Yes! I know! Another caching post! But caching is very, very important! With that out of the way, I'd like to explain why it's so important. Not just for your hardware, but also for your users. Before I explain my thoughts on caching, I should mention what my understanding and interpretation of the term "caching" is. Caching for me means to temporarily save data in a very easy to read and easy to process format, so it can be retrieved effortlessly and used right away. What I'm really saying with this is that data has been processed, formatted in a way your application will need it, and then saved to an entity. This entity can be several things, for example, a flat database table, a file of some sort (.txt or .json for example), or memory in Memcached (Memcache for Windows) or Redis.
So with that said, let's get right to it. As I mentioned in the previous paragraph, caching is important for your hardware. Not necessarily for the lifespan of it, but more for the resources that can be used for other tasks. If you'd have to query a database multiple times with it returning the same result, you found a task to use cache. Instead of constantly retrieving the same (static) data and processing it in the same way, thus wasting CPU/RAM resources, is costly. Instead, you can cache the data on the first request, and serve the data from the caching layer afterward. If you do this, you have just saved CPU/RAM resources that can be used for other tasks.
But it doesn't just save hardware resources, it's also quicker. Think about it: querying data from the database, processing this data, formatting the data to make it ready for usage versus requesting the data from a caching layer and receiving this data. This speed boost can significantly reduce loading times of your application, making the user experience better. I remember the huge difference in retrieval time between non-cached data and cached data. Non-cached could easily take 5 or 6 seconds on a single task, while the cached data was retrieved within a second. For most simple tasks this is still very slow, but it at least shows a significant decrease in loading times. This particular caching job caused a homepage of my app to be loaded a full 3 to 4 seconds faster. And this was before I switched from file caching to Redis caching, decreasing the cached requests by at least 50%.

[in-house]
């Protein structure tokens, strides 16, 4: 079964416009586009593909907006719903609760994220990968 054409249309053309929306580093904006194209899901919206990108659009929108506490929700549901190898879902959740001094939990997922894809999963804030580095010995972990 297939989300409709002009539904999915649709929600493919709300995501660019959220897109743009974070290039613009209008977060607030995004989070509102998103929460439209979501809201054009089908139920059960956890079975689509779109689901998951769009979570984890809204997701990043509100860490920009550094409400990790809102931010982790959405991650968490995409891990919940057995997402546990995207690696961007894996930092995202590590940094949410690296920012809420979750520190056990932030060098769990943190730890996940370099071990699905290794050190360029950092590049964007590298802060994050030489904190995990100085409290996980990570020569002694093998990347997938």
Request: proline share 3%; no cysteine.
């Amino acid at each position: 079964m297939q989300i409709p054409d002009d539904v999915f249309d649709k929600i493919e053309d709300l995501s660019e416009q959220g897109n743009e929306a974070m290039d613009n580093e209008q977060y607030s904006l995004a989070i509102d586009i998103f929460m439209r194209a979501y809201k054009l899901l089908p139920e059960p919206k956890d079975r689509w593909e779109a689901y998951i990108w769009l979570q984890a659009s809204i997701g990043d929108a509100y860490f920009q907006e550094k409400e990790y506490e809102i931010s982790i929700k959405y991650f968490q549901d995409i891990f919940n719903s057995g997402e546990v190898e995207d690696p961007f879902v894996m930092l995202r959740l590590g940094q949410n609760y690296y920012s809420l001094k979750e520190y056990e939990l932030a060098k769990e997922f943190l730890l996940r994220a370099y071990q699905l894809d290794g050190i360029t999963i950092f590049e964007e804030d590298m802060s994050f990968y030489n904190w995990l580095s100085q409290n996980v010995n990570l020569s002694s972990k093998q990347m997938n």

I mentioned the user experience quickly before. There is nothing more annoying than long loading times and it will definitely make users leaving your website. Google said at their Chrome Dev Conference last year that if your app doesn't have a first draw (showing some kind of screen) within 3-5 seconds, 50% of visitors will leave your website. Now I'm not a user experience expert at all, so I can't confirm or deny this statement, but it makes sense. Often time I'll do the same thing. With that said, if you can make your app load quicker in any way, do it. If you have a lot of static data that needs to be loaded from a database upon first entry in your application, make sure to cache all of this. Make the first draw as quick as you can. When caching data to files or the database does not work well enough, try Memcached. When this is still not quick enough, go all out with Redis.
I can only praise caching and leave it at that, but that wouldn't paint the whole picture. Of course, there are also disadvantages to it. For example, it's very tough to cache data that changes a lot. It's definitely possible, but you end of having to synchronize the cached data with the new data on every single (important) change. This makes it hell for developers. My rule of thumb on this is: when the data can change at least once a day or it will need to be available right away when changed, do not cache it. If, however, the data never really changes or you really need a performance boost for something, go ahead and cache it. Make it easier for yourself, not harder. The amount of times I was wondering why the page wasn't updating because of cache is too high. Learn from my mistakes and don't cache anything if you're working on that particular part of your application.